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Protesters outside of the Chinese Consulate before the Hague tribunal announced its ruling on the South China Sea dispute, Makati city, Philippines, July 12, 2016 (AP photo by Bullit Marquez).

Understanding Tribunal’s Rejection of Beijing’s South China Sea Claims

Tuesday, July 12, 2016

In a landmark ruling Tuesday, an international tribunal in The Hague rejected China’s extensive claims to sovereignty over the waters of the South China Sea, saying they had no legal basis. The tribunal also ruled that Beijing had violated the Philippines’ maritime rights with its construction of artificial islands. The Philippines brought the case to the Permanent Court of Arbitration in 2013 after China seized a reef over which both countries claimed sovereignty.

The five-member tribunal ruled that China’s historical claims to waters within the so-called nine-dash line, which covers most of the South China Sea, are invalid since they are incompatible with the exclusive economic zone rules set out by the United Nations Convention on the Law of the Sea, or UNCLOS, which both the Philippines and China have ratified. The tribunal also ruled that several reefs and rocks in the South China Sea that China has built into military outposts were too small for China to be granted territorial waters or an exclusive economic zone.

In a statement, the Chinese Foreign Ministry dismissed the ruling: “China’s territorial sovereignty and maritime rights and interests in the South China Sea shall under no circumstances be affected by those awards.” China refused to participate in the tribunal, arguing that the court doesn’t have jurisdiction. Beijing claims that because the sovereignty of the reefs and islands in the South China Sea is disputed, UNCLOS does not apply since it only covers maritime, and not land, disputes.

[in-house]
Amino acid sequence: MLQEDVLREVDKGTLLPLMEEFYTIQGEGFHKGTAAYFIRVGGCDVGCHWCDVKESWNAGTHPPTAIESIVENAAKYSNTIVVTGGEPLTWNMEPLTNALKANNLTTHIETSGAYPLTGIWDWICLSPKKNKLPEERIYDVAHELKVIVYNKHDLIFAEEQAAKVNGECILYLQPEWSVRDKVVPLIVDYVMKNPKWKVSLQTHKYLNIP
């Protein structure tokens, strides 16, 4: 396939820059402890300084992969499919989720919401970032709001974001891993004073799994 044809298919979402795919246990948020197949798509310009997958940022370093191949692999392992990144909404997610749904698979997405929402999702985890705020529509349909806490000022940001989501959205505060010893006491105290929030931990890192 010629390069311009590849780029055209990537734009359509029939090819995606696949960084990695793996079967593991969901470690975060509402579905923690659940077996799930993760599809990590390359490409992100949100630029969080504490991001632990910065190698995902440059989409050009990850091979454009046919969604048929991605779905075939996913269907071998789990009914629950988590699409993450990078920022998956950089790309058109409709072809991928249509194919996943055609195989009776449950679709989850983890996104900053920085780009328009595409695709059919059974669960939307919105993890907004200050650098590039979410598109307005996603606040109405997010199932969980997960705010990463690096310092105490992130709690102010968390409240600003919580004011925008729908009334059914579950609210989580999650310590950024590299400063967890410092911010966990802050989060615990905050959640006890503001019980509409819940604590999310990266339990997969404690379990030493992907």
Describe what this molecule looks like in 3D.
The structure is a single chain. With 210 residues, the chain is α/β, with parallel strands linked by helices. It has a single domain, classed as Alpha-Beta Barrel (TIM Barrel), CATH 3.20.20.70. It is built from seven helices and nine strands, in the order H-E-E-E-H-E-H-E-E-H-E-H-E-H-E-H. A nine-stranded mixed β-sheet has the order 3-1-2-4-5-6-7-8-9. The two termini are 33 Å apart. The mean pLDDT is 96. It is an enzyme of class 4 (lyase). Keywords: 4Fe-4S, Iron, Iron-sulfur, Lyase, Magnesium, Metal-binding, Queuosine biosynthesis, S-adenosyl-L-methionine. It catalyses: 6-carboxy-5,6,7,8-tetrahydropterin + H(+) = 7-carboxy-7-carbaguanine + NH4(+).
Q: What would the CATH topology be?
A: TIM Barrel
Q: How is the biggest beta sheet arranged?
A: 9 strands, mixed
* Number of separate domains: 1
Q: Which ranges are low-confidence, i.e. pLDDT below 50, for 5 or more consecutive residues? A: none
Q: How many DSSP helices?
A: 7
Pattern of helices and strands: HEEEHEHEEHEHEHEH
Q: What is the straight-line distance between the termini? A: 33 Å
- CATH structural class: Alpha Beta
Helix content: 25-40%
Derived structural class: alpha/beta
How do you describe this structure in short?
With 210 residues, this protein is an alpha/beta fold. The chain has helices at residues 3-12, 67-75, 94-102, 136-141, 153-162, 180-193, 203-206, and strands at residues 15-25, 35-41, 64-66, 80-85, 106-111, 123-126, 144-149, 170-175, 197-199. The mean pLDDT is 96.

The Philippines and other neighboring countries with claims in the South China Sea, as well as the United States, welcomed the ruling. Philippine Foreign Secretary Perfecto Yasay told reporters, “The Philippines strongly affirms its respect for this milestone decision as an important contribution to ongoing efforts in addressing disputes in the South China Sea."

With Tuesday’s ruling, World Politics Review is making available essential background reading on the South China Sea disputes, free for non-subscribers.

Mira Rapp-Hooper explains China’s rights under UNCLOS and the legality of China’s island building in the South China Sea.

Aileen Baviera examines the Philippines diplomatic efforts to resolve its South China Sea disputes.

Gregory Poling looks at China’s unsuccessful efforts to diffuse tensions with its neighbors over the maritime disputes and why “Chinese assertiveness in the South China Sea has steadily eroded regional goodwill.”

Timothy R. Heath writes about the growing competition between the U.S. and China in the South China Sea. “With neither China nor the United States in a position of decisive advantage, the contest for leadership and status remains one of stalemate for now.”

Carl Thayer discusses how China’s actions in the South China Sea are driving regional security cooperation, especially between Vietnam and the Philippines.

For more information, check out WPR's series on the South China Sea disputes.